By ALEXANDER MARTIN REMOLLINO
with Grace S. Uddin/davaotoday.com (Davao), Ritche Salgado (Cebu), Juland Suazo (Davao), Noel Godinez (Baguio) and Macario Pacana (Cagayan de Oro)
Front page photos by Raymund Villanueva, Ritche Salgado, Barry Ohaylan, Terence Krishna Lopez, Angelica de Lara, Ronalyn V. Olea, Janess Ann J. Ellao, Macario Pacana
MANILA – More than a show of force, the protests across the Philippines on Wednesday were an expression of outrage, a manifestation of a people’s growing revulsion toward a regime that has become the most despised since the dictatorship of Ferdinand Marcos.
From Makati to Davao, Filipinos from all walks of life poured out into the streets, placards and banners in hand, but most of them brandishing nothing but the resolve to let it be known that they have had enough of Gloria Macapagal-Arroyo.
Rosita Wenceslao was one of them. A 63-year-old grandmother who earns a living by selling brooms in the streets of Davao, Wenceslao chose on Wednesday to march alongside activists instead of earning her meager income for the day. The times are hard, she said, and the government needs to know that folks like her feel and live it.
“We should give time to voice out our sentiments,” Wenceslao said.
And so they did.
In the Makati City rally, where an estimated 10,000 people converged, speakers on a stage built in the corner of Ayala Avenue and Paseo de Roxas took turns lambasting the regime and its efforts to ram through what many have called a “constitutional gang-rape” to allow Arroyo to extend her term, if not as president then as prime minister in a parliamentary setup.
The charter-change move, according to the criticism, is designed so Arroyo can have continuing immunity because of the many legal cases to be brought against her for alleged corruption and human-rights abuses.
“How much is your conscience worth?” asked the typically calm Grace Poe-Llamanzares, the daughter of the late actor and 2004 presidential candidate Fernando Poe Jr. There’s an unmistakable indignation in her voice as she denounced Arroyo’s allies in Congress for railroading House Resolution 1109 on June 3. The measure would pave the way for charter change.
Llamanzares was referring to allegations that the legislators who railroaded House Resolution 1109 did so in exchange for P20 million each from the administration. Her father, the country’s most popular actor, ran against Arroyo in 2004 but was allegedly cheated of a victory. The alleged cheating has been hounding Arroyo ever since, especially after the so-called “Hello Garci” tapes came out that showed a massive plot to rig the 2004 elections with the alleged participation of election and military officials.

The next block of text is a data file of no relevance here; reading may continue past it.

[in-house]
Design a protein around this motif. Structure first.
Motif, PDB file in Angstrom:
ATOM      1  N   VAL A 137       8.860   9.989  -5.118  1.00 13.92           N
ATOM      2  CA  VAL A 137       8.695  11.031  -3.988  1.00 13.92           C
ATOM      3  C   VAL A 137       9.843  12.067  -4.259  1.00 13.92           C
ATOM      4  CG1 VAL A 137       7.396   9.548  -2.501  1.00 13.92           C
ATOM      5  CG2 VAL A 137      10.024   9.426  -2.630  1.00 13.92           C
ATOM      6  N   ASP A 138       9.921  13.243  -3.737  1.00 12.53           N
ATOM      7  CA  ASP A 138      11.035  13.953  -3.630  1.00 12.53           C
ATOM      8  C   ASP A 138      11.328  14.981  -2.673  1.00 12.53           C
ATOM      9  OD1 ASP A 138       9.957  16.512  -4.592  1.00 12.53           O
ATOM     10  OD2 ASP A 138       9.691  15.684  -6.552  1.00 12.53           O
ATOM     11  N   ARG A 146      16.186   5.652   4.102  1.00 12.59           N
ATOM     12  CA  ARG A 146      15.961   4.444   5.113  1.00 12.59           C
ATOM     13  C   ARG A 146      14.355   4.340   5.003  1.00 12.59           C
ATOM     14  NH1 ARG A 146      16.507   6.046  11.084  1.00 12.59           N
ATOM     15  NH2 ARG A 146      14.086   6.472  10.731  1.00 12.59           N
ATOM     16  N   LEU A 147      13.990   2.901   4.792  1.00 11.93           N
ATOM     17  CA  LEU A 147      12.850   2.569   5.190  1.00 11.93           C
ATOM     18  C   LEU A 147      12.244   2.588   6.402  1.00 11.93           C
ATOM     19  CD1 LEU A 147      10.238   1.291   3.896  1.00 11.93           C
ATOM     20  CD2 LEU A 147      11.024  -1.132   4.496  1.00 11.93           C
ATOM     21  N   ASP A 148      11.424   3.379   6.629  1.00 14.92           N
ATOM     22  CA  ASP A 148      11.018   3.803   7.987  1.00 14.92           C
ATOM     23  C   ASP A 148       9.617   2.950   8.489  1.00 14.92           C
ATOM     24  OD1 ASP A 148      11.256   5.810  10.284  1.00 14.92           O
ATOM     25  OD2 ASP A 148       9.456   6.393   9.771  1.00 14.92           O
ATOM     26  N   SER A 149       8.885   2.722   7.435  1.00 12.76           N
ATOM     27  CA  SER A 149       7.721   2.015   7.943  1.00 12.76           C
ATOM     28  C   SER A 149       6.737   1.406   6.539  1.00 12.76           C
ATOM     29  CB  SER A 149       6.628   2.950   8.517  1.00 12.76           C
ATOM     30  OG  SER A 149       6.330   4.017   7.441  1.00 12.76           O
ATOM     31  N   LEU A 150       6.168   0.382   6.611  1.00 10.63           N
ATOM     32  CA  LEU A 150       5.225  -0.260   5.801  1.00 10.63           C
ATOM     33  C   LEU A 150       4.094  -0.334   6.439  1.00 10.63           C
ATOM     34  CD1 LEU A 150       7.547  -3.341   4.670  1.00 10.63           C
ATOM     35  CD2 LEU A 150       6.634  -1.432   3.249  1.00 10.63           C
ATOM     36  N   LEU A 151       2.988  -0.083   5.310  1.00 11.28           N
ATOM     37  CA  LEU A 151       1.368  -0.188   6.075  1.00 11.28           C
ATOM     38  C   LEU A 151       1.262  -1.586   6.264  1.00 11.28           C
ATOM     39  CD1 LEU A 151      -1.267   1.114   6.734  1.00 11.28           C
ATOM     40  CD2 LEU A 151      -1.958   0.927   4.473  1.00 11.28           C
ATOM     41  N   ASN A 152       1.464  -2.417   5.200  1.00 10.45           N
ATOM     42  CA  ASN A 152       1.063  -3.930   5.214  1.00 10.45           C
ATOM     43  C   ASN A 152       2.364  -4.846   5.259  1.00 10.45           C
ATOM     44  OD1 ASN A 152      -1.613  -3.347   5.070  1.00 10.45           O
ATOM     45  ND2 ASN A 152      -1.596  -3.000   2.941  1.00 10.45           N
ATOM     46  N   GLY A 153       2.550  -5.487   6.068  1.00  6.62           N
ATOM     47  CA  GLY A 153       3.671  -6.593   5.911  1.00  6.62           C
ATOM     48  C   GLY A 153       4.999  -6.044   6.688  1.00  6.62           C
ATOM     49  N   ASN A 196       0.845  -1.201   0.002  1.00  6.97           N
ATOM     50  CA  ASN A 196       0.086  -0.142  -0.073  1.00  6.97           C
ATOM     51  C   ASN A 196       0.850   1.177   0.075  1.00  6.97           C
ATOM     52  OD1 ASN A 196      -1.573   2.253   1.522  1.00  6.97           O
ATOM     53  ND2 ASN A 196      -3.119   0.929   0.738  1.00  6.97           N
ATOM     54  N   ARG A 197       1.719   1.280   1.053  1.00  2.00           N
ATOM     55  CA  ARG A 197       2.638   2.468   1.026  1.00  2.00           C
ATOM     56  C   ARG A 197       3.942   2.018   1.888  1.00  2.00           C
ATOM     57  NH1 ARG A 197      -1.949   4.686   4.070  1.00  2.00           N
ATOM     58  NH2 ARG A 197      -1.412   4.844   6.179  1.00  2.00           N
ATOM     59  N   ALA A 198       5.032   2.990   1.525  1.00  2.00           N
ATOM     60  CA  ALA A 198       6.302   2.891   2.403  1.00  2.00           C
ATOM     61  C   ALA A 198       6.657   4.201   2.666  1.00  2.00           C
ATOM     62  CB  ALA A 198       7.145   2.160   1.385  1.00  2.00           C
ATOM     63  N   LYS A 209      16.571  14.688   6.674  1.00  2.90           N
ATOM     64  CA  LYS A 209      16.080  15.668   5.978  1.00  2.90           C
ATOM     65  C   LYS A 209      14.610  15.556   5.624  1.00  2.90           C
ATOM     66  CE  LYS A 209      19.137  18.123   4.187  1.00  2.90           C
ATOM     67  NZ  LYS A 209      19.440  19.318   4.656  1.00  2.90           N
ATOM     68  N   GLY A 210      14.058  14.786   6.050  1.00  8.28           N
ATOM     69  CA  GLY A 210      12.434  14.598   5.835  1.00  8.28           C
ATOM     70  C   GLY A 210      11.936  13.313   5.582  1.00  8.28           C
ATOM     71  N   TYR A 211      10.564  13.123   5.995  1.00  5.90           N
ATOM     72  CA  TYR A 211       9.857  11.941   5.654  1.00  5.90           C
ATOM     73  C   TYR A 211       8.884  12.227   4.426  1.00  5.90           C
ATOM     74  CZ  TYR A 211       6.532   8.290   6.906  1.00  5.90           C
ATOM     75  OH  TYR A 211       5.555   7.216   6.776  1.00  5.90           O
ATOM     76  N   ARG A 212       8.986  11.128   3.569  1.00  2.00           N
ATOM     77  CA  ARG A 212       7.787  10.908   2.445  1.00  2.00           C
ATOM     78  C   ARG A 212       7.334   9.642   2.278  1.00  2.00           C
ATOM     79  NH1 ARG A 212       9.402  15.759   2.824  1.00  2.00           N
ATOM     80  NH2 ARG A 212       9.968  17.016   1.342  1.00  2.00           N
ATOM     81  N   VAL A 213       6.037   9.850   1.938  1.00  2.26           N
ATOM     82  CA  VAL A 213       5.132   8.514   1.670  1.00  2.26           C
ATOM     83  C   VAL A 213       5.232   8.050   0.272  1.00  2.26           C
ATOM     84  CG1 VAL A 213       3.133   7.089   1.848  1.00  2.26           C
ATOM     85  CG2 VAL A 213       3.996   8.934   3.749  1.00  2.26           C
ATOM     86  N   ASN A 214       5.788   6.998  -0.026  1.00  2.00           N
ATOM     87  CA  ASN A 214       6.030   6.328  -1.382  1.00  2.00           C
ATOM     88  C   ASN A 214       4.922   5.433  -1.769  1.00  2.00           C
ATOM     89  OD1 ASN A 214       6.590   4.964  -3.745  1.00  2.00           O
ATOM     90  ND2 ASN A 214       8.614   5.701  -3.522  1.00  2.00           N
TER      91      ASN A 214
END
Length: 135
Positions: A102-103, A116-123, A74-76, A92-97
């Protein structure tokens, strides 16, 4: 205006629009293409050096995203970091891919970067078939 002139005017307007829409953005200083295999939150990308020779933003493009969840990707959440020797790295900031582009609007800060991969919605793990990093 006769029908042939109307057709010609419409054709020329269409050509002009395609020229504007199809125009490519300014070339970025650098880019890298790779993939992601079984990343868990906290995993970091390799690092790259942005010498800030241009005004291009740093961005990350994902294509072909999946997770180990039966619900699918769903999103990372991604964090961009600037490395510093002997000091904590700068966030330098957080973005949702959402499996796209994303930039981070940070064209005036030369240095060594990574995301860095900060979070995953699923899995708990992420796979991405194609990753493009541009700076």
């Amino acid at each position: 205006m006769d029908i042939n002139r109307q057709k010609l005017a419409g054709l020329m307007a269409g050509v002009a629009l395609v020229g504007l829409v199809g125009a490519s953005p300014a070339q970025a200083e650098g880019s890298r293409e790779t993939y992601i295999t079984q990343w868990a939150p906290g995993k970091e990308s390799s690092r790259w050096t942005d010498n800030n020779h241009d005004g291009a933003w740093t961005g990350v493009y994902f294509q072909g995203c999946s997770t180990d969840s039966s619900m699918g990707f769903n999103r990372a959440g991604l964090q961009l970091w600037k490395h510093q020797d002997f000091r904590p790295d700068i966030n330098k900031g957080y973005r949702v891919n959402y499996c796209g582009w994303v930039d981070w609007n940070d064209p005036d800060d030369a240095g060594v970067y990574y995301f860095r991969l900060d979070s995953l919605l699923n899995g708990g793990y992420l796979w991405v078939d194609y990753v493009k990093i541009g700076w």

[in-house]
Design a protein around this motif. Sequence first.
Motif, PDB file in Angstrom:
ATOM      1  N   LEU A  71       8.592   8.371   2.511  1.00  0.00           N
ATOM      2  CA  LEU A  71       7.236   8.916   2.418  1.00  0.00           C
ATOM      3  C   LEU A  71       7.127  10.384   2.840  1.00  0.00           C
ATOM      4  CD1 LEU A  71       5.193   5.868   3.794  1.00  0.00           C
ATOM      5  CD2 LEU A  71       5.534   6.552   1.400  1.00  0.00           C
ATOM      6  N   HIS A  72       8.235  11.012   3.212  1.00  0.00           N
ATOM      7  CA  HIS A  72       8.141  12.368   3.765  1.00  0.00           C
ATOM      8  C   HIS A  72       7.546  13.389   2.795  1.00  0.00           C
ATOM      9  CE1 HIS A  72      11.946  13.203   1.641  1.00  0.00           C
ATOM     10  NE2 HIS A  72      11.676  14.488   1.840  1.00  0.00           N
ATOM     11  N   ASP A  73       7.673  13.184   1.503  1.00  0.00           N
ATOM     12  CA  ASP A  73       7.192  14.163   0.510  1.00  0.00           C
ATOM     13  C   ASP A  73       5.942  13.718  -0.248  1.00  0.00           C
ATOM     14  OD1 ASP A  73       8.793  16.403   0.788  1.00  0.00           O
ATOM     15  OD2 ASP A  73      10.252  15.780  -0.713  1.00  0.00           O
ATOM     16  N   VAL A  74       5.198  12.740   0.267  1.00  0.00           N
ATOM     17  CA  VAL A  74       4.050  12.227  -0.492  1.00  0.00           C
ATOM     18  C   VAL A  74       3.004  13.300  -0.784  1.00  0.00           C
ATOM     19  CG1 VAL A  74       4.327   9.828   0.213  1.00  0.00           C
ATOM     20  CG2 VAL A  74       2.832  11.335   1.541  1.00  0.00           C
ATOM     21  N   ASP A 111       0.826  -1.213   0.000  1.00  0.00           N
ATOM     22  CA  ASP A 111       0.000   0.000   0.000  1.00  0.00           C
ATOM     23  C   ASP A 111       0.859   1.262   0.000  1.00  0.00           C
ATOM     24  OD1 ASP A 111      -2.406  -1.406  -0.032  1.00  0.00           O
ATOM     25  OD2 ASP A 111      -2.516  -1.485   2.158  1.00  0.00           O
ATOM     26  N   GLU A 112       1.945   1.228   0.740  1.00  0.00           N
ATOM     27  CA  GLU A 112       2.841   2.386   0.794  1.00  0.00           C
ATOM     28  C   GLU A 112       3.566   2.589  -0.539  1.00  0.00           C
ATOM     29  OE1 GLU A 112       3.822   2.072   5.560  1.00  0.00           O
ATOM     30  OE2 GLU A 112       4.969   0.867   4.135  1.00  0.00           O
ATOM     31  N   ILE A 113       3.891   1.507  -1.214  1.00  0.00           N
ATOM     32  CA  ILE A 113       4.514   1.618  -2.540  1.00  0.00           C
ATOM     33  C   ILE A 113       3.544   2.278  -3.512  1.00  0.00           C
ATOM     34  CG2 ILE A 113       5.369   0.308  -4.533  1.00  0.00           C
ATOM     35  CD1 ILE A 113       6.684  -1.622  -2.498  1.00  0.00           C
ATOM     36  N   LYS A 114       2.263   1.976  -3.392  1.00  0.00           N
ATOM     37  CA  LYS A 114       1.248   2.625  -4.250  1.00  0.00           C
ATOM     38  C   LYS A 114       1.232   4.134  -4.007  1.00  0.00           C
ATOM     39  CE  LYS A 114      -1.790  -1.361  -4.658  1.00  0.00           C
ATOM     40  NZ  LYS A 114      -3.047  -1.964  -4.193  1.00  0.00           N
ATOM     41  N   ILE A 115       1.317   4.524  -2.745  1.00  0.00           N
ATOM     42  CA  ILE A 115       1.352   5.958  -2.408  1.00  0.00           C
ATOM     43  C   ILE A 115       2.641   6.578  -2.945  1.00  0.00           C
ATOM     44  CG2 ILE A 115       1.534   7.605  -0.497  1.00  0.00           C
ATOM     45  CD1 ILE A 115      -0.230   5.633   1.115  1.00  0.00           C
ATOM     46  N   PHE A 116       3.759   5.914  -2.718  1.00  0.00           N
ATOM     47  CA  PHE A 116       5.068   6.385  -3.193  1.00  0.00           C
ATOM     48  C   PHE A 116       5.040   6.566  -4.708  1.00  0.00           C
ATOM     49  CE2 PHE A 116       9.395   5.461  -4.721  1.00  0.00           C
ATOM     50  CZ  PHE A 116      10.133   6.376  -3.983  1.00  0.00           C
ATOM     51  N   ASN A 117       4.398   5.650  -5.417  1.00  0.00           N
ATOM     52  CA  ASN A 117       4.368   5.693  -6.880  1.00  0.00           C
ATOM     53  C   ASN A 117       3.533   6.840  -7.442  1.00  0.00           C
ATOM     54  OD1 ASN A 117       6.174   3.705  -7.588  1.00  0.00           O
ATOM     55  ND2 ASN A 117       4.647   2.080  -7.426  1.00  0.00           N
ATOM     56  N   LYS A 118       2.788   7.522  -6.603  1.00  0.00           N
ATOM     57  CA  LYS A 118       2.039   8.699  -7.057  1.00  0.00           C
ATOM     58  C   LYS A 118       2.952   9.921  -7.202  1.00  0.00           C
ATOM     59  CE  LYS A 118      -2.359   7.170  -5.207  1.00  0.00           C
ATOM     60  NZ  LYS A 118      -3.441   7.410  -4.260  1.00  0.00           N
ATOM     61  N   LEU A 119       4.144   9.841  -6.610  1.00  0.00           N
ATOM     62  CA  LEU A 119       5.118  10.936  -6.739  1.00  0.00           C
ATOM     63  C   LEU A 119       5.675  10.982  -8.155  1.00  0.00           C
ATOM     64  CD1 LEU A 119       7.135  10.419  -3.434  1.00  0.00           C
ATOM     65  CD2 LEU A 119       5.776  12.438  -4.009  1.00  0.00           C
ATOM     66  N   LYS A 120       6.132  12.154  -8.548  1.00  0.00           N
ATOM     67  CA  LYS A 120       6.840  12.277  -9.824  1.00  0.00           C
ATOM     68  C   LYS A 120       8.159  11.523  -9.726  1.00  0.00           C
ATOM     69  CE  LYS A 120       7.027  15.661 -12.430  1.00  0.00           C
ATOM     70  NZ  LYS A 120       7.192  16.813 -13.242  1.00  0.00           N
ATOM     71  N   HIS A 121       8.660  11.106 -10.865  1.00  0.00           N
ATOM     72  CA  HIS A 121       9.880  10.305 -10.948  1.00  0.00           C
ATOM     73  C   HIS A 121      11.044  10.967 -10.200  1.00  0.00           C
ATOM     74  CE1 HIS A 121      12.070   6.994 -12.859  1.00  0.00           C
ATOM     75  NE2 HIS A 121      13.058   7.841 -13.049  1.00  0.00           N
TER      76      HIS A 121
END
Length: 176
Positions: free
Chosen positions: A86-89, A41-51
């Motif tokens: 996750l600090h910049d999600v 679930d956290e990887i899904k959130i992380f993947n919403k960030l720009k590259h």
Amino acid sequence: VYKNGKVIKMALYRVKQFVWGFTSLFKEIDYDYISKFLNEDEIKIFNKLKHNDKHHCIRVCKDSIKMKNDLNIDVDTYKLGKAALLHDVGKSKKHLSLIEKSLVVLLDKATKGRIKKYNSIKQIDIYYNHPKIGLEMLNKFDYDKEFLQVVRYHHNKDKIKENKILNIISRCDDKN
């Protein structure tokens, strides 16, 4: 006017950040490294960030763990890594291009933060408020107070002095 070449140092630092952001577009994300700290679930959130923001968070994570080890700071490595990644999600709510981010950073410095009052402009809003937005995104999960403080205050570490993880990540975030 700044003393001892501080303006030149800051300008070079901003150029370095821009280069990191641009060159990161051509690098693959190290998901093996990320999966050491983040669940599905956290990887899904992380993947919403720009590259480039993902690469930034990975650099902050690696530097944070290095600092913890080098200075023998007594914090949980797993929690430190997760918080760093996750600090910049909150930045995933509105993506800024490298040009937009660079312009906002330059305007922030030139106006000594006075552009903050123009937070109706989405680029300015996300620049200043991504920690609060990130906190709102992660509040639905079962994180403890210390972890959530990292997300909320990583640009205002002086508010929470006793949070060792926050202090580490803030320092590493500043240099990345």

Former president Corazon Aquino, in a statement read by her grandson Kiko Aquino Dee, expressed disgust toward Arroyo’s brand of leadership. She was also concerned for the country’s future if Arroyo is allowed to rule beyod 2010.
“This is not the kind of leadership that is right for us,” said Aquino, who could not make it to the rally because she was ill. “This is not the kind of society I want to bequeath to the next generation.”
Renato Reyes Jr., secretary-general of Bagong Alyansang Makabayan (Bayan or New Patriotic Alliance), emphasized Aquino’s point. “As a parent, I don’t want my children to grow up under Gloria Magtatagal-Arroyo,” Reyes said.
Former vice-president Teofisto Guingona Jr. drew parallels between Arroyo and Marcos and enjoined Filipinos not to let history repeat itself. “We must learn from the lessons of the past,” he said.
Pampanga Governor Ed Panlilio, in a speech that lasted no more than a minute, denounced House Resolution 1109. “Tayo po ay inoonse ng gobyernong ito!” he said. (“We are being fooled by this government!”)
Former House speaker Jose de Venecia, an erstwhile ally of Arroyo, told the crowd that the president “is just using cha-cha to stay in power for life!”
“I worked with GMA for 10 years,” de Venecia said, “and I can tell you that this is her motive for pushing charter change.”
De Venecia and Arroyo had a falling out after his son, Joey, helped divulged the details of the alleged corruption surrounding the multi-billion-dollar NBN-ZTE broadband deal. The whistleblower of the alleged scam, Rodolfo “Jun” Lozada was also at Wednesday’s rally in Makati.
Eddie Villanueva of Bangon Pilipinas, in a statement read by lawyer Louie Sison, called the passage of House Resolution 1109 “a shameful disregard of our sentiments.”
There have been attempts by the Arroyo regime to change the Constitution for dubious reasons. And each time, the people resisted. On Wednesday, Bayan Muna Rep. Satur Ocampo challenged Filipinos not to let their guard down.